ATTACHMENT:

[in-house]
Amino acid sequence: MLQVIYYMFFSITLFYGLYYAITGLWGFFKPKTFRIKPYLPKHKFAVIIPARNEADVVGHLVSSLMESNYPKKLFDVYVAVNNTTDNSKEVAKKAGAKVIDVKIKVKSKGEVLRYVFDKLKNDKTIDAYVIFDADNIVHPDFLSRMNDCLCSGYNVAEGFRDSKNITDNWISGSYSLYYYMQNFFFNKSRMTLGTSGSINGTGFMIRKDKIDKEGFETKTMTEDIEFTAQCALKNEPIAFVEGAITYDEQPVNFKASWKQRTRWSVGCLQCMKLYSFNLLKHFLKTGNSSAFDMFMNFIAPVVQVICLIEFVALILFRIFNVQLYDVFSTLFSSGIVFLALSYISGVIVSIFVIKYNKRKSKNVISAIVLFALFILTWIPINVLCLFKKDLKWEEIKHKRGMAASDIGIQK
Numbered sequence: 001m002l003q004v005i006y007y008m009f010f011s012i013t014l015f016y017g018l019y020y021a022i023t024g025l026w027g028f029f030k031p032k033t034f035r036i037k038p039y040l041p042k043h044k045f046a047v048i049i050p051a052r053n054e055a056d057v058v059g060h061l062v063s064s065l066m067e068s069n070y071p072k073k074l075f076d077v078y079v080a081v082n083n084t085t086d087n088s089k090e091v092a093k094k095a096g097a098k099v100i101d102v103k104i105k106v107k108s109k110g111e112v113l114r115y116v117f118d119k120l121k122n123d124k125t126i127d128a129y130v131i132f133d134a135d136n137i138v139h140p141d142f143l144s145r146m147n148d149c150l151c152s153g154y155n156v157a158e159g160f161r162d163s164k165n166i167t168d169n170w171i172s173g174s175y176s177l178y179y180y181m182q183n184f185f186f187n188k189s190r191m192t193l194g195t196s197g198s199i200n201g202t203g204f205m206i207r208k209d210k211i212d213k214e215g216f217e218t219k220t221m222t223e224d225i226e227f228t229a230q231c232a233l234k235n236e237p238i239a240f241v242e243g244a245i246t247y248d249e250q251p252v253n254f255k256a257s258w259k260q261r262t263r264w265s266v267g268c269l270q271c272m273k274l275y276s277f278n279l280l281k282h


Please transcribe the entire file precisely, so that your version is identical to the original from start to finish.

[in-house]
Amino acid sequence: MLQVIYYMFFSITLFYGLYYAITGLWGFFKPKTFRIKPYLPKHKFAVIIPARNEADVVGHLVSSLMESNYPKKLFDVYVAVNNTTDNSKEVAKKAGAKVIDVKIKVKSKGEVLRYVFDKLKNDKTIDAYVIFDADNIVHPDFLSRMNDCLCSGYNVAEGFRDSKNITDNWISGSYSLYYYMQNFFFNKSRMTLGTSGSINGTGFMIRKDKIDKEGFETKTMTEDIEFTAQCALKNEPIAFVEGAITYDEQPVNFKASWKQRTRWSVGCLQCMKLYSFNLLKHFLKTGNSSAFDMFMNFIAPVVQVICLIEFVALILFRIFNVQLYDVFSTLFSSGIVFLALSYISGVIVSIFVIKYNKRKSKNVISAIVLFALFILTWIPINVLCLFKKDLKWEEIKHKRGMAASDIGIQK
Numbered sequence: 001m002l003q004v005i006y007y008m009f010f011s012i013t014l015f016y017g018l019y020y021a022i023t024g025l026w027g028f029f030k031p032k033t034f035r036i037k038p039y040l041p042k043h044k045f046a047v048i049i050p051a052r053n054e055a056d057v058v059g060h061l062v063s064s065l066m067e068s069n070y071p072k073k074l075f076d077v078y079v080a081v082n083n084t085t086d087n088s089k090e091v092a093k094k095a096g097a098k099v100i101d102v103k104i105k106v107k108s109k110g111e112v113l114r115y116v117f118d119k120l121k122n123d124k125t126i127d128a129y130v131i132f133d134a135d136n137i138v139h140p141d142f143l144s145r146m147n148d149c150l151c152s153g154y155n156v157a158e159g160f161r162d163s164k165n166i167t168d169n170w171i172s173g174s175y176s177l178y179y180y181m182q183n184f185f186f187n188k189s190r191m192t193l194g195t196s197g198s199i200n201g202t203g204f205m206i207r208k209d210k211i212d213k214e215g216f217e218t219k220t221m222t223e224d225i226e227f228t229a230q231c232a233l234k235n236e237p238i239a240f241v242e243g244a245i246t247y248d249e250q251p252v253n254f255k256a257s258w259k260q261r262t263r264w265s266v267g268c269l270q271c272m273k274l275y276s277f278n279l280l281k282h